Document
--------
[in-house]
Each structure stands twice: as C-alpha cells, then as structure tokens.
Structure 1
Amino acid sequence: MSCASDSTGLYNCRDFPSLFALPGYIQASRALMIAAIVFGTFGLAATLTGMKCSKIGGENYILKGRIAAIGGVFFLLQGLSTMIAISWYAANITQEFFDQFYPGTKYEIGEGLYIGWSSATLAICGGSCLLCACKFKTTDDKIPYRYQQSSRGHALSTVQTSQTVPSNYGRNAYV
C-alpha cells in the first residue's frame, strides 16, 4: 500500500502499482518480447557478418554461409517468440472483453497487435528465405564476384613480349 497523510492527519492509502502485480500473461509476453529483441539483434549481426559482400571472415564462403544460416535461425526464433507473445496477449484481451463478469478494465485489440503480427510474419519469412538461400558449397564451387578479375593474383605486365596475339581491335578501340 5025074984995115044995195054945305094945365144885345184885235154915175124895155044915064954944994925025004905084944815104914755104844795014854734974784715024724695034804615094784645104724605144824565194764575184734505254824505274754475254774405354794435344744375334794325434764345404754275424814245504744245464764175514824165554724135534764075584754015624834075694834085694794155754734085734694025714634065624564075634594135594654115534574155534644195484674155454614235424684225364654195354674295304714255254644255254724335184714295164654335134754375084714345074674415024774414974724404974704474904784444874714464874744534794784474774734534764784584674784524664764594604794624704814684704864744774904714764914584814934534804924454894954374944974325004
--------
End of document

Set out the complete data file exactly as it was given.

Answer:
[in-house]
Each structure stands twice: as C-alpha cells, then as structure tokens.
Structure 1
Amino acid sequence: MSCASDSTGLYNCRDFPSLFALPGYIQASRALMIAAIVFGTFGLAATLTGMKCSKIGGENYILKGRIAAIGGVFFLLQGLSTMIAISWYAANITQEFFDQFYPGTKYEIGEGLYIGWSSATLAICGGSCLLCACKFKTTDDKIPYRYQQSSRGHALSTVQTSQTVPSNYGRNAYV
C-alpha cells in the first residue's frame, strides 16, 4: 500500500502499482518480447557478418554461409517468440472483453497487435528465405564476384613480349 497523510492527519492509502502485480500473461509476453529483441539483434549481426559482400571472415564462403544460416535461425526464433507473445496477449484481451463478469478494465485489440503480427510474419519469412538461400558449397564451387578479375593474383605486365596475339581491335578501340 5025074984995115044995195054945305094945365144885345184885235154915175124895155044915064954944994925025004905084944815104914755104844795014854734974784715024724695034804615094784645104724605144824565194764575184734505254824505274754475254774405354794435344744375334794325434764345404754275424814245504744245464764175514824165554724135534764075584754015624834075694834085694794155754734085734694025714634065624564075634594135594654115534574155534644195484674155454614235424684225364654195354674295304714255254644255254724335184714295164654335134754375084714345074674415024774414974724404974704474904784444874714464874744534794784474774734534764784584674784524664764594604794624704814684704864744774904714764914584814934534804924454894954374944974325004